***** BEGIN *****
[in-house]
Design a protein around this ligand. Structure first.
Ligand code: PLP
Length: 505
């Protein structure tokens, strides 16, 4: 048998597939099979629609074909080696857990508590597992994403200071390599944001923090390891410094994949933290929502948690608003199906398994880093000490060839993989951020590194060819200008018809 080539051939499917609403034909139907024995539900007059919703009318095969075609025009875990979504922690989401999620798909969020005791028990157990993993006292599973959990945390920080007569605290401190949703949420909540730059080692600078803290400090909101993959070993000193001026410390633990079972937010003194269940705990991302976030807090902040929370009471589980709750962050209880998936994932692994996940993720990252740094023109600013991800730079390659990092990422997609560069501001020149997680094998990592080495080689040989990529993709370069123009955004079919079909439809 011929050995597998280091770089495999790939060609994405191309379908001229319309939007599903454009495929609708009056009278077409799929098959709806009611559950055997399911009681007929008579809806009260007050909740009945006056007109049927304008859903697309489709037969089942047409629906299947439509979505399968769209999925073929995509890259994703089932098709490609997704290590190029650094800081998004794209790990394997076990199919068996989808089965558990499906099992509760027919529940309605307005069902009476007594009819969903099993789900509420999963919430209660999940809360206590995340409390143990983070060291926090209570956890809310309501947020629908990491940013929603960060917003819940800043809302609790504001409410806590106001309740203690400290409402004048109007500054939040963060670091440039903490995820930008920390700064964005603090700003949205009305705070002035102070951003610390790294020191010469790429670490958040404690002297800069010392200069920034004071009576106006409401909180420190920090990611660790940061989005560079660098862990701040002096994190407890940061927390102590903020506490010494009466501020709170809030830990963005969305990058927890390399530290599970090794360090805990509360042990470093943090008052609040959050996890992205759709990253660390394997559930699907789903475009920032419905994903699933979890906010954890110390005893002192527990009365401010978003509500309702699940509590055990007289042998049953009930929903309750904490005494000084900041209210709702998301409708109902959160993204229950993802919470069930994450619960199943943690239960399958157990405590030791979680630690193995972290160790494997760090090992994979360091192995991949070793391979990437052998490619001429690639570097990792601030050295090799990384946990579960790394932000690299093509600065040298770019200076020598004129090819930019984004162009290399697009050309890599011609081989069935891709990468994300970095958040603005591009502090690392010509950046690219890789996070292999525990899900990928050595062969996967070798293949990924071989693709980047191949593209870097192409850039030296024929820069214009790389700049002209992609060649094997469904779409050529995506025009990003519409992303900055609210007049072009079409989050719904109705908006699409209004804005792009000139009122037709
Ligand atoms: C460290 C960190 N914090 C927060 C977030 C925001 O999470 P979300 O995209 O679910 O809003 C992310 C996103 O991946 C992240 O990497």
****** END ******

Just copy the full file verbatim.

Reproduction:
[in-house]
Design a protein around this ligand. Structure first.
Ligand code: PLP
Length: 505
């Protein structure tokens, strides 16, 4: 048998597939099979629609074909080696857990508590597992994403200071390599944001923090390891410094994949933290929502948690608003199906398994880093000490060839993989951020590194060819200008018809 080539051939499917609403034909139907024995539900007059919703009318095969075609025009875990979504922690989401999620798909969020005791028990157990993993006292599973959990945390920080007569605290401190949703949420909540730059080692600078803290400090909101993959070993000193001026410390633990079972937010003194269940705990991302976030807090902040929370009471589980709750962050209880998936994932692994996940993720990252740094023109600013991800730079390659990092990422997609560069501001020149997680094998990592080495080689040989990529993709370069123009955004079919079909439809 011929050995597998280091770089495999790939060609994405191309379908001229319309939007599903454009495929609708009056009278077409799929098959709806009611559950055997399911009681007929008579809806009260007050909740009945006056007109049927304008859903697309489709037969089942047409629906299947439509979505399968769209999925073929995509890259994703089932098709490609997704290590190029650094800081998004794209790990394997076990199919068996989808089965558990499906099992509760027919529940309605307005069902009476007594009819969903099993789900509420999963919430209660999940809360206590995340409390143990983070060291926090209570956890809310309501947020629908990491940013929603960060917003819940800043809302609790504001409410806590106001309740203690400290409402004048109007500054939040963060670091440039903490995820930008920390700064964005603090700003949205009305705070002035102070951003610390790294020191010469790429670490958040404690002297800069010392200069920034004071009576106006409401909180420190920090990611660790940061989005560079660098862990701040002096994190407890940061927390102590903020506490010494009466501020709170809030830990963005969305990058927890390399530290599970090794360090805990509360042990470093943090008052609040959050996890992205759709990253660390394997559930699907789903475009920032419905994903699933979890906010954890110390005893002192527990009365401010978003509500309702699940509590055990007289042998049953009930929903309750904490005494000084900041209210709702998301409708109902959160993204229950993802919470069930994450619960199943943690239960399958157990405590030791979680630690193995972290160790494997760090090992994979360091192995991949070793391979990437052998490619001429690639570097990792601030050295090799990384946990579960790394932000690299093509600065040298770019200076020598004129090819930019984004162009290399697009050309890599011609081989069935891709990468994300970095958040603005591009502090690392010509950046690219890789996070292999525990899900990928050595062969996967070798293949990924071989693709980047191949593209870097192409850039030296024929820069214009790389700049002209992609060649094997469904779409050529995506025009990003519409992303900055609210007049072009079409989050719904109705908006699409209004804005792009000139009122037709
Ligand atoms: C460290 C960190 N914090 C927060 C977030 C925001 O999470 P979300 O995209 O679910 O809003 C992310 C996103 O991946 C992240 O990497």